Babies: the importance of a secure attachment

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Mom and baby: the importance of a secure attachment

Among the psychologists of the developmental age it is back in vogue attachment theory. Conceived more than 50 years ago by the British psychoanalyst John Bowlby and scientifically supported by his pupil Mary S. Ainsworth (1913-1999) this theory holds that the quality of bond between the newborn and the mother (or with those who take care of him) profoundly influences the relational behavior of the adult.

At the end of the first year of life, we have imprinted in our brains an indelible model of how the family relationships that have been formed work based on the type of care promoted by the parents. From an evolutionary point of view, this is useful because we need to understand as soon as possible how to survive the environment around us.

The type of attachment as a child determines adult behavior.
"One of the reasons attachment theory is back in fashion is that its ideas visibly affect our daily life," he said. Kenneth Levy, associate professor of psychology at Pennsylvania State University.

In fact, if you look at the classic categories of attachment styles: secure, anxious insecure, avoidant insecure, insecure disorganized; it's pretty easy to figure out which one applies to you and others in your life.

These categories are derived from hundreds of observations made on infants and children in a test called a strange situation, in which little ones are left alone or with a stranger for a limited time.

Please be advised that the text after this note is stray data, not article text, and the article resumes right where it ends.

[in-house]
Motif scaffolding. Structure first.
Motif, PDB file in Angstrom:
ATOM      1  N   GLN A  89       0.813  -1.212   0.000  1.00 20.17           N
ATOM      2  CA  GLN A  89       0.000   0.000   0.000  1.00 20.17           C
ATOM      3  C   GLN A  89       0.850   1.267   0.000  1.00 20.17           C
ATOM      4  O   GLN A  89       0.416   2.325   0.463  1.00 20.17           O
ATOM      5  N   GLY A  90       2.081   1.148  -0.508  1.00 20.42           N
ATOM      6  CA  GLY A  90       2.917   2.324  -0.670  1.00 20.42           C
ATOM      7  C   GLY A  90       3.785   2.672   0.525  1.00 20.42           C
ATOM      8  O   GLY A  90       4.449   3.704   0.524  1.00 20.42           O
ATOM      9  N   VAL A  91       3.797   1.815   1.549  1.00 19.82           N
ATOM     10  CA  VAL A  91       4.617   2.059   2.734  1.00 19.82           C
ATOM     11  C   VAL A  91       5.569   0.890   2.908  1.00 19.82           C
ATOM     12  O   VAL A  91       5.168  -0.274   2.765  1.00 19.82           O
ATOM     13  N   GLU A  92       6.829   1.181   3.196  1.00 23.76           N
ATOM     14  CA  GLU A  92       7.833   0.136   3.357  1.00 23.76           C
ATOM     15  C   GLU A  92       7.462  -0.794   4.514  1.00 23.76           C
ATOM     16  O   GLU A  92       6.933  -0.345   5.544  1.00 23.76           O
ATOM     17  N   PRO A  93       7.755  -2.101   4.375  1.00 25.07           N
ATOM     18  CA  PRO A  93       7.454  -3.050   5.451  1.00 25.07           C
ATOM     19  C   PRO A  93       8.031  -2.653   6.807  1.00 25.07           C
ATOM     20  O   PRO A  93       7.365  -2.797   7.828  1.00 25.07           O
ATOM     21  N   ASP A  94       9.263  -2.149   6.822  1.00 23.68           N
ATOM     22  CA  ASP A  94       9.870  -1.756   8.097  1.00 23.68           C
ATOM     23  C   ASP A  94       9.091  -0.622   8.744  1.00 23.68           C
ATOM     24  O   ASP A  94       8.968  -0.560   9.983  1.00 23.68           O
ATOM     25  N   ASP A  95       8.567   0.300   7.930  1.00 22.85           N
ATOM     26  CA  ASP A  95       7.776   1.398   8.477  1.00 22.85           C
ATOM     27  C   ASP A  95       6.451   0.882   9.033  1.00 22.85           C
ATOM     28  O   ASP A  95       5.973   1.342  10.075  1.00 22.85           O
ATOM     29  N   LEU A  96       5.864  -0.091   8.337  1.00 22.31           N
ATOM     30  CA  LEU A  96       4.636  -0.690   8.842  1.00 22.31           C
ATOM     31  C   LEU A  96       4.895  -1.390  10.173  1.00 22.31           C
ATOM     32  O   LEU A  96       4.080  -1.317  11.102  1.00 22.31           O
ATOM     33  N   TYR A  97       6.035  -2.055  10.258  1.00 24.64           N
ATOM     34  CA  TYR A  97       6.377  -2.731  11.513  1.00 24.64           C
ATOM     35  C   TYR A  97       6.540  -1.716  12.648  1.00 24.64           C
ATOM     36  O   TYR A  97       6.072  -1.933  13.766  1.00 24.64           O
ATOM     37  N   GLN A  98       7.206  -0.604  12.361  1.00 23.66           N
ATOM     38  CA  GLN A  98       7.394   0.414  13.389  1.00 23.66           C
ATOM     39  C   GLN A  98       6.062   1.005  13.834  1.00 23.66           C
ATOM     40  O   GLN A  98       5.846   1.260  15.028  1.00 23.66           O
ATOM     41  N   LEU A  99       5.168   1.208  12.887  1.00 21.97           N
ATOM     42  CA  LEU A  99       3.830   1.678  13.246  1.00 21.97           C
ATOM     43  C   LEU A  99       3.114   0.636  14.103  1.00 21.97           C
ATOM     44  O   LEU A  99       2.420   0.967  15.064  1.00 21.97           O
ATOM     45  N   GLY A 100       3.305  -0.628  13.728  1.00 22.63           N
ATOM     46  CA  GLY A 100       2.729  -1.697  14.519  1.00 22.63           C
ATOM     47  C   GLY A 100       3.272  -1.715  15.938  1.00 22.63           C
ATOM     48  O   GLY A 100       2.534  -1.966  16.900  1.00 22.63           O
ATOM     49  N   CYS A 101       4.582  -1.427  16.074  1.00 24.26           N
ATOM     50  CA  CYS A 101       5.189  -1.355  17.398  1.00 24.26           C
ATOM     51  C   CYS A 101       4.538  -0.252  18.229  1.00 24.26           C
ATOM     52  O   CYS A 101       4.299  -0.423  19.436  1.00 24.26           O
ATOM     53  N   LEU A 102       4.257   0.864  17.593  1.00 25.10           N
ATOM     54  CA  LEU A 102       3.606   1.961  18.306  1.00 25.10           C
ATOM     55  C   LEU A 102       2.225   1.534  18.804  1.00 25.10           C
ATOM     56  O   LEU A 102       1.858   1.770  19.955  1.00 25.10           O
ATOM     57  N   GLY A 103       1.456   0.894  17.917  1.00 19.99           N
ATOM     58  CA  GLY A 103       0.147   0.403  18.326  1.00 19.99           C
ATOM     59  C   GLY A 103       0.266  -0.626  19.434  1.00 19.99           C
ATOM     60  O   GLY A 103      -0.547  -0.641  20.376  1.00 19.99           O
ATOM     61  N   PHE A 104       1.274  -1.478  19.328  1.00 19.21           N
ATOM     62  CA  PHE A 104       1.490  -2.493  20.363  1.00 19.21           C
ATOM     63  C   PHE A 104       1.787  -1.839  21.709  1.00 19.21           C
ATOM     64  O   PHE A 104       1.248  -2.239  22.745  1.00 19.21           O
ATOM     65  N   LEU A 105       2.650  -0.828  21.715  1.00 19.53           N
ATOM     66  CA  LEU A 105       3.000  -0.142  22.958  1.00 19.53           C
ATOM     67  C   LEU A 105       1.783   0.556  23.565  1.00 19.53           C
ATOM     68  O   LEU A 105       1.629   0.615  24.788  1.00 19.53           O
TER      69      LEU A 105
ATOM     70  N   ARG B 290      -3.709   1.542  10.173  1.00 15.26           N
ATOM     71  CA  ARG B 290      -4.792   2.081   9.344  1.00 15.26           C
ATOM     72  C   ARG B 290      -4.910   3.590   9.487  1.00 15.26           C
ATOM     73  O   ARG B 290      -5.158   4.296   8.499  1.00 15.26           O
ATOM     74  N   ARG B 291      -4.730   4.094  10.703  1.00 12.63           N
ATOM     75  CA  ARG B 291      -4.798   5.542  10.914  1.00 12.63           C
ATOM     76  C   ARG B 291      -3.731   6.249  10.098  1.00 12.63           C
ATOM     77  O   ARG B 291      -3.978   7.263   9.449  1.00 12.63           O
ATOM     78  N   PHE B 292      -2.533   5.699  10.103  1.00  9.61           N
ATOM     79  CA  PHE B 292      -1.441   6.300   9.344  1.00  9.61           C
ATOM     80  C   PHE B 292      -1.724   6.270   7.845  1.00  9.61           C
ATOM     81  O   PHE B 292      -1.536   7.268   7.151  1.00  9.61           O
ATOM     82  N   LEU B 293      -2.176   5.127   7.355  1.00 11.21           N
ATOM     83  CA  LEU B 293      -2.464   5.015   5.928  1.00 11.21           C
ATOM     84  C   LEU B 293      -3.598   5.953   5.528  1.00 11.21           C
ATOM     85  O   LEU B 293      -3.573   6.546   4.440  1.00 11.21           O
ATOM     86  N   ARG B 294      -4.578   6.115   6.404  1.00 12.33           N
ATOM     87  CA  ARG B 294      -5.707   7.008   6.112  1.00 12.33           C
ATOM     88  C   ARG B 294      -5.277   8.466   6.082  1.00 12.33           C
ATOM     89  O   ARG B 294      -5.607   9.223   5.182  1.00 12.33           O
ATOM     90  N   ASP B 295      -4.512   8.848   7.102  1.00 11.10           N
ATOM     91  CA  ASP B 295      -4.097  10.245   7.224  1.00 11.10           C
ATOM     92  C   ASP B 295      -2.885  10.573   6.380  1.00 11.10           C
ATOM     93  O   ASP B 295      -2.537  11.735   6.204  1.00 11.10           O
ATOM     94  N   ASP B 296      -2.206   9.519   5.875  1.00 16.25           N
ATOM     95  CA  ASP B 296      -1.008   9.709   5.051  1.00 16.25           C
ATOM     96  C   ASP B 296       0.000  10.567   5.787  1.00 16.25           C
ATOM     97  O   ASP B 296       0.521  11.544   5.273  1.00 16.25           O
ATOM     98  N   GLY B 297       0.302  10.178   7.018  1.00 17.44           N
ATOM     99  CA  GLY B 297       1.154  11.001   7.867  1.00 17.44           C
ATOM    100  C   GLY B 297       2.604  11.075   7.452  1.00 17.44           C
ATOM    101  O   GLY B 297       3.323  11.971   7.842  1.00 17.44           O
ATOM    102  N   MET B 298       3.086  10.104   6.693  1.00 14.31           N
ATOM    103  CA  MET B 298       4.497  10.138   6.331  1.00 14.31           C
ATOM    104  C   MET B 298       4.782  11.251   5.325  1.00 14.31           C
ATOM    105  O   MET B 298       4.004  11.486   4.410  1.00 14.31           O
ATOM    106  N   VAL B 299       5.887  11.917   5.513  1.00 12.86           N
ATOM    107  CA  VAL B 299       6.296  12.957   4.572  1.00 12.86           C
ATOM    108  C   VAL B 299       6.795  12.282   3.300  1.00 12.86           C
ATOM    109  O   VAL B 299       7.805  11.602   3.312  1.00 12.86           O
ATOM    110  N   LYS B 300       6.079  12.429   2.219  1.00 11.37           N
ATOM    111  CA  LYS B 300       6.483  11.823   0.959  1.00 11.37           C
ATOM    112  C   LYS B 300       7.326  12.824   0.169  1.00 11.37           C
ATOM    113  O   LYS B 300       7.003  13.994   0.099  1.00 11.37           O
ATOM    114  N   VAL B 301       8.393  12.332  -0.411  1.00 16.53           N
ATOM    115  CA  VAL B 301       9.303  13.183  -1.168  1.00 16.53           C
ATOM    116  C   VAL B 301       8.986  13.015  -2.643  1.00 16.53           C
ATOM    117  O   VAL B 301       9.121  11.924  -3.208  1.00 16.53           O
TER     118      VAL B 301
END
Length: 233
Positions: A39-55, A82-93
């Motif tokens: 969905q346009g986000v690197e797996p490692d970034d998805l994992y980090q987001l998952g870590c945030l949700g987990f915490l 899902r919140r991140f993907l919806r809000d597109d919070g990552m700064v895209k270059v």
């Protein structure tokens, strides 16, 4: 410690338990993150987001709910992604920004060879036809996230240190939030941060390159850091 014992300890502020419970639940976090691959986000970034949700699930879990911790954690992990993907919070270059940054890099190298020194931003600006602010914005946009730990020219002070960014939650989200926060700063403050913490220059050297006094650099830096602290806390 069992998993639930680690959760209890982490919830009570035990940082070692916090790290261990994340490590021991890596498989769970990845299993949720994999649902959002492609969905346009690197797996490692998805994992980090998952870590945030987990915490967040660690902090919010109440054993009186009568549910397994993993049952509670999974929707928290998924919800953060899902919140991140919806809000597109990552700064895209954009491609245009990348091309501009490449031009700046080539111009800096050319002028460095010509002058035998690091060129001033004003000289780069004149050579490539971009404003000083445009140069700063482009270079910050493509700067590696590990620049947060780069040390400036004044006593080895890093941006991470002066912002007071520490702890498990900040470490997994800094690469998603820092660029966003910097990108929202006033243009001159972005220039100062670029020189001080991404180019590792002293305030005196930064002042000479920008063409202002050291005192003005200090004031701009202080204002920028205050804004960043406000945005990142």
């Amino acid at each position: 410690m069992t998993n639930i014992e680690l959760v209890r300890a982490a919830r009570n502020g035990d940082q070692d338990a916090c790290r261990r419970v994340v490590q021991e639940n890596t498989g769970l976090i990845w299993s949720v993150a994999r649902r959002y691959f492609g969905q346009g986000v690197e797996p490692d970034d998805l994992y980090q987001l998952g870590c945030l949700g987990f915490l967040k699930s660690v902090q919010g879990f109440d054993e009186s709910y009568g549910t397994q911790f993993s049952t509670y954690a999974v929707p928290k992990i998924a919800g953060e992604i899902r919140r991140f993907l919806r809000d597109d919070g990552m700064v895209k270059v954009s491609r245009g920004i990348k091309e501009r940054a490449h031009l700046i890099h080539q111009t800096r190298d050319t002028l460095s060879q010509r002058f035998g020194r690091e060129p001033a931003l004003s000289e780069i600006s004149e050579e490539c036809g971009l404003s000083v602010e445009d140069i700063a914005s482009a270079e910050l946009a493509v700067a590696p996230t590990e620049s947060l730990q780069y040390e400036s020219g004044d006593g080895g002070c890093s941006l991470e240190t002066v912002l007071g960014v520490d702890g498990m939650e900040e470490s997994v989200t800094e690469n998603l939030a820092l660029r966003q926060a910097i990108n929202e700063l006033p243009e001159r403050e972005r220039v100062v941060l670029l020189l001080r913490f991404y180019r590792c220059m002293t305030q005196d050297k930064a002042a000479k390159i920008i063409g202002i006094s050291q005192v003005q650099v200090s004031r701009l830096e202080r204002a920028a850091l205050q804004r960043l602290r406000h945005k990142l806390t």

How to stimulate the psychophysical development of a child, from 0 to 2 years

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The first two years of a child's life are very important to lay the foundations for a secure attachment and to foster the development of fundamental motor, linguistic and cognitive skills ...

In this article

  • Secure attachment
  • Anxious insecure attachment
  • Insecure avoidant attachment
  • Disorganized insecure attachment
  • Attachment patterns affect adult behavior 
  • Attachment patterns can be changed 
Read also: Maternal love, 5 tips to build a good emotional bond with your baby

Secure attachment

In the test we see that children with secure attachment

  • they cry when the parents leave
  • and they run to meet him when they return.

They hug their parents and quickly reassure themselves.

In adults it is seen that there is a secure attachment if a stressful situation seeks comfort and support from a partner or family.

Read also: Bonding: how maternal love is born

Anxious insecure attachment

Babies with anxious insecure attachment cry when the mother leaves and go to her when the mother returns, but they are not easily reassured. Probably because the parent has shown in the past that they are not a sure comfort. So the little ones show anger, kick and scream.

As adults they tend to be obsessive in relationships and may have dramatic attitudes to get attention.

Read also: The education of children with emotional intelligence

Insecure avoidant attachment

Children with avoidant insecure attachment show no distress when the parent leaves them (although stress hormones and heart rate can be skyrocketing). And they don't show much interest when they come back because they are used to being ignored or rejected but also suffocated by too much attention.